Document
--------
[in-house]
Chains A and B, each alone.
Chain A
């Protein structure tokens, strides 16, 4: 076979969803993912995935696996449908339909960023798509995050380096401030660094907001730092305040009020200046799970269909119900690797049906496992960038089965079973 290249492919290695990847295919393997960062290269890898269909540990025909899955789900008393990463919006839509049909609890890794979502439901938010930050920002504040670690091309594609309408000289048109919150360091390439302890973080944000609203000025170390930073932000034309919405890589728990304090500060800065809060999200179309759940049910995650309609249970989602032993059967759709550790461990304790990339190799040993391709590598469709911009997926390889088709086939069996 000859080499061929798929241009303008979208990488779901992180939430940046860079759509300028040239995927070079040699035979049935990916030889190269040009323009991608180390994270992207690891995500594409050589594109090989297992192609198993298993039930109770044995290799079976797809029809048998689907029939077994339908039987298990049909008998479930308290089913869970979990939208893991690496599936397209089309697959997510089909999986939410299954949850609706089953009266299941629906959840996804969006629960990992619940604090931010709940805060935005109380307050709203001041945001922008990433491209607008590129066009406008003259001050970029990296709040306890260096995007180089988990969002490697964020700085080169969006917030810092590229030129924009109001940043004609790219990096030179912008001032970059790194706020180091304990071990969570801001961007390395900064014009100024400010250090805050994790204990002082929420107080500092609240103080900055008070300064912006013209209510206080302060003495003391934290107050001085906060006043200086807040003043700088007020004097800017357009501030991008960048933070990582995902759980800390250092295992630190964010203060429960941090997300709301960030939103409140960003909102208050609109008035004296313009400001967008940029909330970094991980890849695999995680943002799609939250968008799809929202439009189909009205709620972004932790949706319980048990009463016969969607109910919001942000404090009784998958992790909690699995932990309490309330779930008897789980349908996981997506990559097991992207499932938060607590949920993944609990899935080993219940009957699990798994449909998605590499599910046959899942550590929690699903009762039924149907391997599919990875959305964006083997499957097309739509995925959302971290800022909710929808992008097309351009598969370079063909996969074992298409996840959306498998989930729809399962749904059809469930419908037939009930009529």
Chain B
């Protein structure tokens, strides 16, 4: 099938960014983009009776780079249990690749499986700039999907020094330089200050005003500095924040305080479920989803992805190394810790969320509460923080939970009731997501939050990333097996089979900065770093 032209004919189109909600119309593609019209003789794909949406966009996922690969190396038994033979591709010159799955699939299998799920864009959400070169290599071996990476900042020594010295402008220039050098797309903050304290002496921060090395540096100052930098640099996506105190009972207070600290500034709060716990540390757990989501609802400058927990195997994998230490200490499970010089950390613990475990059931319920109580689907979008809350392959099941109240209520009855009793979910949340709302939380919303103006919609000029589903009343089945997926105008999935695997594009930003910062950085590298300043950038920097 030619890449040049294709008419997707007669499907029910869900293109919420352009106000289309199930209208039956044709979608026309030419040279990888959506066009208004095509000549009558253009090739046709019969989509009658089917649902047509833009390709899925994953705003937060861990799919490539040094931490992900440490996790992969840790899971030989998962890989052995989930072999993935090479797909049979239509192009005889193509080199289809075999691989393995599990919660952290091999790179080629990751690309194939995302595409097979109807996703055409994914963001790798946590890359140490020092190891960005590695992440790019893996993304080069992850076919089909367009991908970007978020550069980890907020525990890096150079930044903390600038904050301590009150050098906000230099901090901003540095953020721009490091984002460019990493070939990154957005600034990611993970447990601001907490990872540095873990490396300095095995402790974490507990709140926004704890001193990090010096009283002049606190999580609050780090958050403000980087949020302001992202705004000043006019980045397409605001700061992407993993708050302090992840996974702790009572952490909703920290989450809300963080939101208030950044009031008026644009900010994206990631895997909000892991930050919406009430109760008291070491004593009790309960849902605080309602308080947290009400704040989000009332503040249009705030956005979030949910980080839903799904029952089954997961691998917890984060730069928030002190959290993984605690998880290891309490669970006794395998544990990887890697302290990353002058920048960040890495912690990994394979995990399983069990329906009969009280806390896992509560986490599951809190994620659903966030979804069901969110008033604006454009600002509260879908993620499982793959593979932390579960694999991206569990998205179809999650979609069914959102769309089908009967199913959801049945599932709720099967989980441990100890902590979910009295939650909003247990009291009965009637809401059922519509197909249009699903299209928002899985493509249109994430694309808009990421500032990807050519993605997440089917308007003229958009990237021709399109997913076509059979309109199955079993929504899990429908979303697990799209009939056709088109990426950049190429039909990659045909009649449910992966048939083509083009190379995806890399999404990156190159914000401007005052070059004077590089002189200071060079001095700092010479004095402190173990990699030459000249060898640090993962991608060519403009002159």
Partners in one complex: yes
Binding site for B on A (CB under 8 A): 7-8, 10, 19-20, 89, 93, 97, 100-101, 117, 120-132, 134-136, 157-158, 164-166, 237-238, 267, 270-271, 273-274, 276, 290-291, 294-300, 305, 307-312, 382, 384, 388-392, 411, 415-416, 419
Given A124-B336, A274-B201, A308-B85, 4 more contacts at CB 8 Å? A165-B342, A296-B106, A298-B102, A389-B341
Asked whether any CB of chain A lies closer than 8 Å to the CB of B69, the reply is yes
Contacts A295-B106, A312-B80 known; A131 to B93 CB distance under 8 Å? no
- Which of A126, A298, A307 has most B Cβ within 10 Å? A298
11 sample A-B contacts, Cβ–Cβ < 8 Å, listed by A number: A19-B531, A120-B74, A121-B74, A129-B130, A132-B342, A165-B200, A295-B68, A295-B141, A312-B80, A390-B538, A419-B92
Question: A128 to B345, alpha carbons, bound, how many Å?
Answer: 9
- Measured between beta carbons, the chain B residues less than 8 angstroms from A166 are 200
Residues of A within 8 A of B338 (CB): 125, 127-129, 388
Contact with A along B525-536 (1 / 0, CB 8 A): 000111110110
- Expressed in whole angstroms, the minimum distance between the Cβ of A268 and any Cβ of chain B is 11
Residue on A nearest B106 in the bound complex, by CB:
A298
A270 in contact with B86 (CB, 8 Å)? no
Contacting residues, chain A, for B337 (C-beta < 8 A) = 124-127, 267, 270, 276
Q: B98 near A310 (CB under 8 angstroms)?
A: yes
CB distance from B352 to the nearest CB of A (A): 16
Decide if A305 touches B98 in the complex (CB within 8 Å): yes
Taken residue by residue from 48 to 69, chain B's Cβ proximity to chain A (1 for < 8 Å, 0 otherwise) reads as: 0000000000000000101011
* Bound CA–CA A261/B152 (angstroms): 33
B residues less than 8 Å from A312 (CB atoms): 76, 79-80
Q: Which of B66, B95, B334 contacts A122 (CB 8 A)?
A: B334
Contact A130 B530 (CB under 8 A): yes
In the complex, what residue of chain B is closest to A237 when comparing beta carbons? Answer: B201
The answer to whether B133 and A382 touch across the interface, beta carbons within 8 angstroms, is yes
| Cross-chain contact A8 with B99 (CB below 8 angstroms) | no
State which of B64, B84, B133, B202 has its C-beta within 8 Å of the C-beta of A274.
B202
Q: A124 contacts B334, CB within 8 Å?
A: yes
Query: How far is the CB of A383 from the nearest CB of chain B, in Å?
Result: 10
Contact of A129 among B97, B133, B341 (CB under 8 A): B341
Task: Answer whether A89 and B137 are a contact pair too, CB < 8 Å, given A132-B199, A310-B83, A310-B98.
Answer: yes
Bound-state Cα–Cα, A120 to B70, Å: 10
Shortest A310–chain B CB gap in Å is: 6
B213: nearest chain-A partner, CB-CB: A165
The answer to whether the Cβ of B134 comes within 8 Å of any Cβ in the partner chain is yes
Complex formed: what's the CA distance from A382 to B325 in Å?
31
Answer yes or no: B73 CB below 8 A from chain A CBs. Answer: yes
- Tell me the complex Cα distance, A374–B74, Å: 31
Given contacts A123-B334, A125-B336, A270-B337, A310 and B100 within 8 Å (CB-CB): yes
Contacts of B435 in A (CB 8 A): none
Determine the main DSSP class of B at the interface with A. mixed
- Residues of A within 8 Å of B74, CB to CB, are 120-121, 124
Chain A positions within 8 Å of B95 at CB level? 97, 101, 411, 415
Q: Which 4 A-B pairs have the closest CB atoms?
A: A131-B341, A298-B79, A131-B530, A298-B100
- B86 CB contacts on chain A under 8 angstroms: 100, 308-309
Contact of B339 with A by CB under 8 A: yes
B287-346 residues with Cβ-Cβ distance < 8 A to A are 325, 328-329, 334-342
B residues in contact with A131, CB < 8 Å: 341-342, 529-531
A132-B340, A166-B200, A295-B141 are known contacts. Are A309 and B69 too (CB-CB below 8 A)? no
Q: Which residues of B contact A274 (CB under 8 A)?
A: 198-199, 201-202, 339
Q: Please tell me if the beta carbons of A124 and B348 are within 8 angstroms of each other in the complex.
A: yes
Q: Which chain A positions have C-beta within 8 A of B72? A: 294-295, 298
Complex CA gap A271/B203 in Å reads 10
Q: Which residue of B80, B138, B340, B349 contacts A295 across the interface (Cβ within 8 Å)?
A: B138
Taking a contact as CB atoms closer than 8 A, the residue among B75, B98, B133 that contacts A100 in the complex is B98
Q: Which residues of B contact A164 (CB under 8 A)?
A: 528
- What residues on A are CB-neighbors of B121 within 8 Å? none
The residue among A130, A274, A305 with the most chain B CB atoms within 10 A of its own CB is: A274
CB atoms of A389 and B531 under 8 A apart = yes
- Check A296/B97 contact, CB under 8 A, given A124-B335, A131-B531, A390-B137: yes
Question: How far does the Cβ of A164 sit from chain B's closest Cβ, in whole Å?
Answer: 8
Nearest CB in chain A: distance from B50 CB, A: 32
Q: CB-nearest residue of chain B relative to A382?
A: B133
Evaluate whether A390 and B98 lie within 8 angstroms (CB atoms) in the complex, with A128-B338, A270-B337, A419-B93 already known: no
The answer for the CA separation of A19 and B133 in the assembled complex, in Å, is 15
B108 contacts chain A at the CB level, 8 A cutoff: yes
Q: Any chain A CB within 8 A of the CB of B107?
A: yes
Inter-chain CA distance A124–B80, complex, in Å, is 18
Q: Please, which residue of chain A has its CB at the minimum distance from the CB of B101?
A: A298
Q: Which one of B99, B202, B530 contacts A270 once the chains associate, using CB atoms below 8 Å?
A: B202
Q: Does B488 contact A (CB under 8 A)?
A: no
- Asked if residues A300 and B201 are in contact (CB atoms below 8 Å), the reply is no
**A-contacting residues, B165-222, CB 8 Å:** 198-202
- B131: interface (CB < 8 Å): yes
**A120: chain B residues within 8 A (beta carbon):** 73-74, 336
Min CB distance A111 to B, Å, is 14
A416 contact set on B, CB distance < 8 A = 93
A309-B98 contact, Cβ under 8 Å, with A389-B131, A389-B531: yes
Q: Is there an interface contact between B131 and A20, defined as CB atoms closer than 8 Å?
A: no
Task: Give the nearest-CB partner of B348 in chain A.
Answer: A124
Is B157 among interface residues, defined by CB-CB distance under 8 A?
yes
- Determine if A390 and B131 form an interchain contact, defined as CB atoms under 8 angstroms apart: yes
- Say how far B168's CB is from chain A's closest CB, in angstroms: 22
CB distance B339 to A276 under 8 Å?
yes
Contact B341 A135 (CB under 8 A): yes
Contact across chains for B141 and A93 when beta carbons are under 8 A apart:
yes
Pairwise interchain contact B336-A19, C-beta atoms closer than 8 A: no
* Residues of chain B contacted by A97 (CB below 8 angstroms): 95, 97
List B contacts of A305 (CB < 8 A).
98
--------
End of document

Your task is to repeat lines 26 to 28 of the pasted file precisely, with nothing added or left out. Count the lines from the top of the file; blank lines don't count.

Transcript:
CB distance from B352 to the nearest CB of A (A): 16
Decide if A305 touches B98 in the complex (CB within 8 Å): yes
Taken residue by residue from 48 to 69, chain B's Cβ proximity to chain A (1 for < 8 Å, 0 otherwise) reads as: 0000000000000000101011